Many Taiwanese say the southern city of Tainan has the island’s finest temples. They’re right, yet Taipei has places of worship every visitor should make an effort to see.
The most important shrine in Taipei’s oldest district, Mengjia Longshan Temple provides a fascinating glimpse of local religious beliefs and practices. Founded in 1738 and covering nearly 6,000 square metres, Longshan Temple is named after a house of worship in Fujian, the mainland Chinese province to which many Taiwanese have ancestral ties. During the early 18th century, Chinese settlers arriving in Taiwan faced many dangers, among them bandits, contagious diseases, droughts, floods and head-hunting indigenous people. Not surprisingly, they sought the protection of the folk gods now worshipped in Longshan Temple, and the comfort of Buddhist doctrines related to Guanyin, a goddess of mercy. In recent years, one of the most popular deities here has been the Old Man Under the Moon (Yue Lao), a divine matchmaker. Visitors from as far away as Singapore pray to him in the hope of finding a marriage partner.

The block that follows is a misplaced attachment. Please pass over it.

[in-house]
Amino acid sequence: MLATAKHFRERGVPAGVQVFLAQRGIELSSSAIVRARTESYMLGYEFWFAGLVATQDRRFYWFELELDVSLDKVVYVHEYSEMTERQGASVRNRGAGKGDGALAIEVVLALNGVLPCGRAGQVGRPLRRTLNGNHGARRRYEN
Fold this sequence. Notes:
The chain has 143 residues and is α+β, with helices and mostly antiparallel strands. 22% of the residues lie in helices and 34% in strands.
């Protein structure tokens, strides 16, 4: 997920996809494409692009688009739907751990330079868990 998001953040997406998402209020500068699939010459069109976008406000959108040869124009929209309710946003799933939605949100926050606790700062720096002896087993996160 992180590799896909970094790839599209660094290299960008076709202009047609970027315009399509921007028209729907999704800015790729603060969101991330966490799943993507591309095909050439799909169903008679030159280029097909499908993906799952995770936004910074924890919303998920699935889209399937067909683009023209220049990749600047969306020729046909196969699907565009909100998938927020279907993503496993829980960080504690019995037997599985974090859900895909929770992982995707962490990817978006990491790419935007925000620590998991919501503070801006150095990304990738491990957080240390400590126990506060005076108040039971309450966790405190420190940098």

Established in the same era, yet in artistic terms even more stunning than Longshan Temple, Dalongdong Baoan Temple is dedicated to the worship of Baosheng Dadi, a god of medicine credited with miraculous cures and the defeat of epidemics. The quality of the murals and carvings here received international recognition in 2003, when it was accorded an honorable mention at the UNESCO Asia-Pacific Heritage Awards. The best time to visit is springtime, when the Baosheng Cultural Festival features several weeks of firewalking, folk music, opera performances and puppet shows, as well as colourful religious parades. The festival’s precise dates are worked out by reference to the lunar calendar.
Other important shrines in Taipei include Xingtian Temple (built in the late 1960s and dedicated to Guan Gong, who was a general in his human life but is now regarded as the god of businesspeople, police officers and gang members) and Xiahai City God Temple. The latter is small yet packed with effigies of the city god (to whom people make offerings hoping for prosperity and good weather), the sea goddess Mazu and the Old Man Under the Moon.